by Gerhard Arnold, Theologian and Publisher, Middle East correspondent for this magazine, Würzburg
Beer Sheva, Israel, 7 October 2023: Column of smoke from the impact of a Hamas rocket fired from the Gaza Strip
The 15th of September 2020 could have been a milestone in Arab-Israeli relations. Through the mediation of US President Trump, Bahrain, the United Arab Emirates (UAE) and Israel signed the Abraham Accords in Washington, in which the three governments set out to strengthen peace and foster economic and cultural cooperation, combined with full mutual diplomatic recognition. They were building on the peace treaties signed between Israel and Egypt in 1979 and Jordan in 1994. Morocco joined the Abraham Accords in December 2020.
After taking office, current US President Joe Biden sought to persuade Saudi Arabia to join the 2020 agreement. Secret talks began. In a television interview with Fox News on 20 September 2023, Saudi Crown Prince Mohammed bin Salman said the following about the status of the consultations: “For us, the Palestinian issue is very important. We need to solve that part. And we have good negotiations. (…) Every day we get closer.” People sat up and took notice and some hopes were raised.
The shock: the Hamas attack
On Saturday, 7 October 2023, the Islamist terrorist organisation Hamas launched a massive and unprecedented attack on Israel from the Gaza Strip with thousands of highly motivated fighters. How would the Arab countries that had normalised their relations with Israel react?
Reactions in Jordan and Egypt
A few days after the start of the war, Jordanian King Abdullah II said that “no peace was possible in the Middle East without the emergence of an independent Palestinian state alongside Israel.” Reuters reported further on 11 October: “King Abdullah has since the start of the latest conflict been engaged in a flurry of diplomatic efforts with Western and regional leaders urging swift action to de-escalate the situation, officials say.”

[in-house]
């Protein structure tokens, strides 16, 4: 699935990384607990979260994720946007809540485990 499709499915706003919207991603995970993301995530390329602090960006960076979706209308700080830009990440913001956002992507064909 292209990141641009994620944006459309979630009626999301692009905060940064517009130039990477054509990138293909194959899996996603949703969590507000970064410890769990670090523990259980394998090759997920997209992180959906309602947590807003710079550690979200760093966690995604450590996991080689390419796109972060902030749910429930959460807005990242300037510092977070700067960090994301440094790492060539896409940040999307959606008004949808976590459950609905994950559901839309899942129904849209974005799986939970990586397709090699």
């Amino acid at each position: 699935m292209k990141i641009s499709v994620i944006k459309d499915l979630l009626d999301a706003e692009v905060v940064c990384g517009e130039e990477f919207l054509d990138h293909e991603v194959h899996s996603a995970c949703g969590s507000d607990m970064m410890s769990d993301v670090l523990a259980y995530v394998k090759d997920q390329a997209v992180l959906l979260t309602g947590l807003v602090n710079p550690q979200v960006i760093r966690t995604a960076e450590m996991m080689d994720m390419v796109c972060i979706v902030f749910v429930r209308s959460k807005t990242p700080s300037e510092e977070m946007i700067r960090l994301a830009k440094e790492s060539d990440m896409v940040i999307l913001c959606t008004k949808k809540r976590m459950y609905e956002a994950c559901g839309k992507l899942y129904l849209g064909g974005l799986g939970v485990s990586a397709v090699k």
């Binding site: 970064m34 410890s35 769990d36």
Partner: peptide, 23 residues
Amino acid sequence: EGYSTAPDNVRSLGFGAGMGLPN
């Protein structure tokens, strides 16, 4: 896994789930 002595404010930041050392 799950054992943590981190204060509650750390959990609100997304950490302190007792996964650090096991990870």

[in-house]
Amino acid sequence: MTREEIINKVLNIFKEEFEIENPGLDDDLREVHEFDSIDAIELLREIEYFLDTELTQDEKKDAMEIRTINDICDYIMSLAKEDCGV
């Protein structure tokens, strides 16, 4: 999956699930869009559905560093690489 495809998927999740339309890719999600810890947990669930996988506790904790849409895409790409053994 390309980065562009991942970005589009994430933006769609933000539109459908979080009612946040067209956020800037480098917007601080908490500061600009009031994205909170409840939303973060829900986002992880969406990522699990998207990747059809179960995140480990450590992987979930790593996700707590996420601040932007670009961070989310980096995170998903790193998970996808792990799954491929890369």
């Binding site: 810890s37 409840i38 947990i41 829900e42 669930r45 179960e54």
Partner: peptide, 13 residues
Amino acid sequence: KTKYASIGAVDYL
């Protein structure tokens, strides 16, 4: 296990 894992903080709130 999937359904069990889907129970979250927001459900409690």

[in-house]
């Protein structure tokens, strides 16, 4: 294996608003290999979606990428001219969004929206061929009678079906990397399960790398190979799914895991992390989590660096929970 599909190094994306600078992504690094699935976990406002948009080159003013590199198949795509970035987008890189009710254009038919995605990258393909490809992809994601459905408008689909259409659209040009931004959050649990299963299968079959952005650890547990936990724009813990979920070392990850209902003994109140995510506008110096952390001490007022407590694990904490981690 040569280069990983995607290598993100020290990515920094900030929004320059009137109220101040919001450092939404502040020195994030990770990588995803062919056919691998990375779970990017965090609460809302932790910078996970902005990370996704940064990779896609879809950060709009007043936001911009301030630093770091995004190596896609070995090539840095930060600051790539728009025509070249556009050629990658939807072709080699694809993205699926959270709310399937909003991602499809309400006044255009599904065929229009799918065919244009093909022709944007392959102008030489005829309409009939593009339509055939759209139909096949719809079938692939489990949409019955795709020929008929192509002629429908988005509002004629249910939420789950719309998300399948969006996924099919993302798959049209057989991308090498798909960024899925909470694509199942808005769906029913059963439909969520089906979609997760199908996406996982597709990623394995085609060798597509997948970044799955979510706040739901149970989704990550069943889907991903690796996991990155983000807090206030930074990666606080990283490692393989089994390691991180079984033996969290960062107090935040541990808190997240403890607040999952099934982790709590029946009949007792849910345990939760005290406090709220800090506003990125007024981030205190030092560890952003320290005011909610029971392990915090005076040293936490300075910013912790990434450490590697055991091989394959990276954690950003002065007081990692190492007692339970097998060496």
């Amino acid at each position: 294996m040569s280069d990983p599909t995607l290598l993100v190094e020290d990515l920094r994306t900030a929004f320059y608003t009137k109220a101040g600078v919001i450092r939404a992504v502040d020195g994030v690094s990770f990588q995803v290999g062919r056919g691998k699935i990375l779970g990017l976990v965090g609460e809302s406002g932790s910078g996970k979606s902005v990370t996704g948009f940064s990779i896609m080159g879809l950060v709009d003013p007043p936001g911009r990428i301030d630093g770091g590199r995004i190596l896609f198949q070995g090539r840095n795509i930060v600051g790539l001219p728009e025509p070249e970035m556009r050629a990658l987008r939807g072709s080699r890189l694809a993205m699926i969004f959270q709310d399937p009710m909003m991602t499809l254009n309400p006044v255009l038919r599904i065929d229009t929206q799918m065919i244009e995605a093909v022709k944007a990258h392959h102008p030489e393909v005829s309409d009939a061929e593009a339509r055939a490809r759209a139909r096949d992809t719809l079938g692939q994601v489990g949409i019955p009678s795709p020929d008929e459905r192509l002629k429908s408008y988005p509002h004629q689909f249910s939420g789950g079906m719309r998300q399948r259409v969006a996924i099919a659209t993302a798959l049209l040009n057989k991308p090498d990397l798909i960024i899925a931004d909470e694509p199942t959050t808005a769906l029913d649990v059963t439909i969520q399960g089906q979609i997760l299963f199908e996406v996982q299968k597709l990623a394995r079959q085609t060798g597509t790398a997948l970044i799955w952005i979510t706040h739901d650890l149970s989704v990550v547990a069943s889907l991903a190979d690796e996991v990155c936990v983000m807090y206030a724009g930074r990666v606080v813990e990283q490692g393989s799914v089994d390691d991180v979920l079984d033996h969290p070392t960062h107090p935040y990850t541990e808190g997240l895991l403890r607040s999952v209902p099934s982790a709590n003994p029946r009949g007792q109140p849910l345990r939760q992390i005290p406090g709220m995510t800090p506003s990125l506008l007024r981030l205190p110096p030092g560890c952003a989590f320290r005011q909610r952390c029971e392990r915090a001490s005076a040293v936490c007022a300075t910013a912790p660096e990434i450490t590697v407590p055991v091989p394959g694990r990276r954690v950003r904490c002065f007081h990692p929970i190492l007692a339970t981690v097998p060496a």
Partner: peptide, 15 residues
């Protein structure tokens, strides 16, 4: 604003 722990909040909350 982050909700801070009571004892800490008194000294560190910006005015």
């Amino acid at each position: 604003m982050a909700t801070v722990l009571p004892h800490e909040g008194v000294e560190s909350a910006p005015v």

Immediately after the Hamas attacks, Egyptian Foreign Minister Sameh Shoukry began a series of telephone consultations with foreign colleagues, seeking to encourage both parties to return to the path of negotiations with the ultimate goal of reaching a just settlement of the Palestinian question with a two-state solution.
Well-known Egyptian media followed the same course. After 7 October, the media accusations against the Israeli government that it “continues untold crimes against humanity towards 2.3 million Palestinians” became increasingly harsh, as reported in Al Ahram on 14 October. In addition, the Egyptian government made it very clear that there could be no compromise on the country’s security if refugee flows in the Gaza Strip were to move towards the Egyptian border.
No condemnation of the unimaginable massacres perpetrated by Hamas in Israel was forthcoming in Egyptian and Jordanian government statements, nor in their mainstream media.
Reactions from Bahrain and the UAE
The Ministry of Foreign Affairs of Bahrain stated clearly in a press release on 10 October 2023: “The Ministry highlighted that the attacks launched by Hamas constitute a dangerous escalation that threatens the lives of civilians. The Ministry of Foreign Affairs expressed its regret for the loss of life and destruction of property, offering its condolences to the families of the victims and wishing the injured a swift recovery. The Ministry affirmed the Kingdom of Bahrain’s denunciation of the reported kidnappings of civilians from their homes to be taken as hostages.”